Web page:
Assumption 3. Buying Decisions Are Based Purely on Logic
Which brings us to the final assumption – that B2B purchasing is rational. Marketers think that when their buyers are narrowing down their options, each fact is considered and every option is weighed.
However, humans use shortcuts to rational decision-making (like their own personal feelings, emotions, beliefs, instincts, and habits). Salespeople never forget this because they deal with it every day. But all too often, it’s the marketers who attempt to impose rationality on a largely irrational process.
And when you have many irrational decision-makers on your hands, all trying to use formalised processes to reach one decision, it’s nearly impossible to predict the outcome.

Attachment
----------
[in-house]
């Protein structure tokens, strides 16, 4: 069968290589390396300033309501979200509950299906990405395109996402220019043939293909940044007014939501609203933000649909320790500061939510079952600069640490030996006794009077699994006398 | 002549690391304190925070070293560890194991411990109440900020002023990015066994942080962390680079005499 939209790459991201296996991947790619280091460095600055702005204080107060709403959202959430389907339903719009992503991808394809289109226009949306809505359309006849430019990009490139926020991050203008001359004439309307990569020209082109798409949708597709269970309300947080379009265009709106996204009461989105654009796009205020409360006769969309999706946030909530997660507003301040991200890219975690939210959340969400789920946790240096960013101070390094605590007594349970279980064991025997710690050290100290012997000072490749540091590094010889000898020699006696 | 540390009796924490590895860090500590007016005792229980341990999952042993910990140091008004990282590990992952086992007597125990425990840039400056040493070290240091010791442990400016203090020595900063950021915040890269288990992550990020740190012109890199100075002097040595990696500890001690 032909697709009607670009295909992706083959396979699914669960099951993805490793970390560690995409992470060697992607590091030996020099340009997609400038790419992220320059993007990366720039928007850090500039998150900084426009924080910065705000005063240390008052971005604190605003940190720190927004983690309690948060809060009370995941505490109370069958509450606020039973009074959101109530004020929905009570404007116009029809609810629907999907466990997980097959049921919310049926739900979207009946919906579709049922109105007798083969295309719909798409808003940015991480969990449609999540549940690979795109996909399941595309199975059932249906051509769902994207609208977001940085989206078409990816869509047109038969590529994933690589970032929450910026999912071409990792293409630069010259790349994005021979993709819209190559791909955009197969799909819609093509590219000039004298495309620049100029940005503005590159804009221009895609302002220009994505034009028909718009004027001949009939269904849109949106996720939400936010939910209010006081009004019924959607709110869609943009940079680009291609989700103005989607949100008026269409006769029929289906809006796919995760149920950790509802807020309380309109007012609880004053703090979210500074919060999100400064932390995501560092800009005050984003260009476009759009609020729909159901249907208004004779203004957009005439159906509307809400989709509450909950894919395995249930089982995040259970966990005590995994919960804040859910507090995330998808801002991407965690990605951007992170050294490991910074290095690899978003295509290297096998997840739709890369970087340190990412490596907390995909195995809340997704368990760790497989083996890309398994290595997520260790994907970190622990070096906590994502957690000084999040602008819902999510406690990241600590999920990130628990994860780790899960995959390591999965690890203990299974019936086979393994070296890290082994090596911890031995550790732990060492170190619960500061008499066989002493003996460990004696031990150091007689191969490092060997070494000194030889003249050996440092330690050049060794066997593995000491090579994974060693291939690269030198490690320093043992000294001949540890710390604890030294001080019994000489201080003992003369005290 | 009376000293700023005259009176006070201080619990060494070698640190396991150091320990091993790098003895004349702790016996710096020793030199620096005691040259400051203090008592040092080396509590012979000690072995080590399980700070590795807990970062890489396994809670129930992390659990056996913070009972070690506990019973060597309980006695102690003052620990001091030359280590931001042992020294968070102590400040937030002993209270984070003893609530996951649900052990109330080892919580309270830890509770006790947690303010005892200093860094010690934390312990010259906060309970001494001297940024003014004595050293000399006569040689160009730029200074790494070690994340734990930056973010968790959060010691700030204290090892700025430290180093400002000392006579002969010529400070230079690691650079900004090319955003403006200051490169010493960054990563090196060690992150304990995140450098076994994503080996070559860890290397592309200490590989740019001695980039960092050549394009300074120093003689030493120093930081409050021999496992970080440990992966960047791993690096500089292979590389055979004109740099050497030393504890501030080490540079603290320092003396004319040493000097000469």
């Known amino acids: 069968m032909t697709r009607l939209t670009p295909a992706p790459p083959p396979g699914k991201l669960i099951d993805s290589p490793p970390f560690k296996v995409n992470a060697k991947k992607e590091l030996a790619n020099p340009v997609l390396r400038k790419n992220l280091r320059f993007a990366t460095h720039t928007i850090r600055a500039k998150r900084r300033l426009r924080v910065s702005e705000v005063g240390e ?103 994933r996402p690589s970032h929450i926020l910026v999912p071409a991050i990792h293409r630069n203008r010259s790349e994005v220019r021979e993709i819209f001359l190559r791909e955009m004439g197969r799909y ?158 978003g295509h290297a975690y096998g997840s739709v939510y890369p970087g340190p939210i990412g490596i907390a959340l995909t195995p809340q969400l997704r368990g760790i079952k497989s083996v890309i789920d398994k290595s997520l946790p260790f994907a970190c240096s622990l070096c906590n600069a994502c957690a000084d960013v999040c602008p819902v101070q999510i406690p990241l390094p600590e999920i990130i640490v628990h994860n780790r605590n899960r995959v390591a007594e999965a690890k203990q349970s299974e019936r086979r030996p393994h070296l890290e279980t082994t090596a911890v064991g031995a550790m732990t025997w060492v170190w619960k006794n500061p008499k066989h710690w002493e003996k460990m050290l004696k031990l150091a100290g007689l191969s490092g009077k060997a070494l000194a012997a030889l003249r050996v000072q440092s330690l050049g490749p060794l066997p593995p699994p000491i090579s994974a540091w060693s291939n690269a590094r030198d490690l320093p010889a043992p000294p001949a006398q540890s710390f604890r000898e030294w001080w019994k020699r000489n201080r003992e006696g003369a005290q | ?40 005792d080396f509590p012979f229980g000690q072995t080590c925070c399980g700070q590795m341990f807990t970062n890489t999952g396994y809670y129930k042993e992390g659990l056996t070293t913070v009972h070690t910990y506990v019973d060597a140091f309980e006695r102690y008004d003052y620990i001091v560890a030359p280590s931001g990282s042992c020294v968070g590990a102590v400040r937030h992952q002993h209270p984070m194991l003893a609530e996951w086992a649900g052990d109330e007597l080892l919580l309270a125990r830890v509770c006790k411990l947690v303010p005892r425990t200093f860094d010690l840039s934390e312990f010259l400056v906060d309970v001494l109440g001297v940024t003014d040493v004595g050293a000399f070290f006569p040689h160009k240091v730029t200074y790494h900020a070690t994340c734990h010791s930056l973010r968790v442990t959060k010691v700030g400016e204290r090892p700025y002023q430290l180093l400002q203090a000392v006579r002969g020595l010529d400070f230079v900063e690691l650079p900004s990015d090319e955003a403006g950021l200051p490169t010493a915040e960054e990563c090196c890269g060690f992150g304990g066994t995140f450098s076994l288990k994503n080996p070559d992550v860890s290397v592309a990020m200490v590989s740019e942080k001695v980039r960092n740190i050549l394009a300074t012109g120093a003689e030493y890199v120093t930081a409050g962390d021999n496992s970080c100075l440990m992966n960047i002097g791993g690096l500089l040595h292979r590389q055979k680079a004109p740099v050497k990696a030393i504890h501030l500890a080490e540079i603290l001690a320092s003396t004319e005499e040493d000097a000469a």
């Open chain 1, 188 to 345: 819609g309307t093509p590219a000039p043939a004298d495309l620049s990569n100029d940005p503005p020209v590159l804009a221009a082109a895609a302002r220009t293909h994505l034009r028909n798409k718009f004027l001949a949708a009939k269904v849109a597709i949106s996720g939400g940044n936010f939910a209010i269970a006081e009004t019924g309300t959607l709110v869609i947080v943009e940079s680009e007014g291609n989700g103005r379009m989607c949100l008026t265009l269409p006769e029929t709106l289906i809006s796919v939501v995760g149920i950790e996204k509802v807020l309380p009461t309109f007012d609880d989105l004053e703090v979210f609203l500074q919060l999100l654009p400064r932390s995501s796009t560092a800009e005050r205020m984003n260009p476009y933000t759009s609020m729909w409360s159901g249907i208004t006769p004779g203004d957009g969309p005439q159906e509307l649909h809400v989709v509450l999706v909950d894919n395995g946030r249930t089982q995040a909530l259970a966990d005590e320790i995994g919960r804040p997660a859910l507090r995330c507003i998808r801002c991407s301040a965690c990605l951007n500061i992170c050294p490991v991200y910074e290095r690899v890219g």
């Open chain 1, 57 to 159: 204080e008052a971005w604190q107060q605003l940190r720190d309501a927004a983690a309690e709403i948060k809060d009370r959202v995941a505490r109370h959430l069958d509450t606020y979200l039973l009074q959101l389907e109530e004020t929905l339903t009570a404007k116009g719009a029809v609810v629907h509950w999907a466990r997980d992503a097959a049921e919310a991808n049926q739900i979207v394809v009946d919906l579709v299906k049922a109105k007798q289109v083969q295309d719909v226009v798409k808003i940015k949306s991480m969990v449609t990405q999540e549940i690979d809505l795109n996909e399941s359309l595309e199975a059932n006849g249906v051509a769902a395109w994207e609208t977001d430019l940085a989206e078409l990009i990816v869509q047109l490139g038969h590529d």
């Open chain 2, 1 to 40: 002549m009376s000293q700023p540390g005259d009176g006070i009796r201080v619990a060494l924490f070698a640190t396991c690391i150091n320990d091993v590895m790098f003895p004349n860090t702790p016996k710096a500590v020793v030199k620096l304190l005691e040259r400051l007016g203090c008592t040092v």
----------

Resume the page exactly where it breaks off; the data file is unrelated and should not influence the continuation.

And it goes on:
Why it’s dangerous: You forget the human component that goes into it. So instead of talking about your buyer’s pain points, you keep talking about how great you are – features, functions, and benefits. Snore!
How to fix it: Show them that you know what it’s like to walk a mile in their shoes. Help them solve the problems they have and stop talking about yourself. Remember that B2B decision-making is often driven by a fear, or managing the risk of decision making, so do all you can to mitigate that risk. Word of mouth and recommendation plays an important role in mitigating risk. Social media (especially in trusted networks such as LinkedIn groups) works as digital word of mouth. Ensure you use social media channels to increase visibility for your content and share success stories, case studies and testimonials from happy customers.
Become the Risk-Averse Option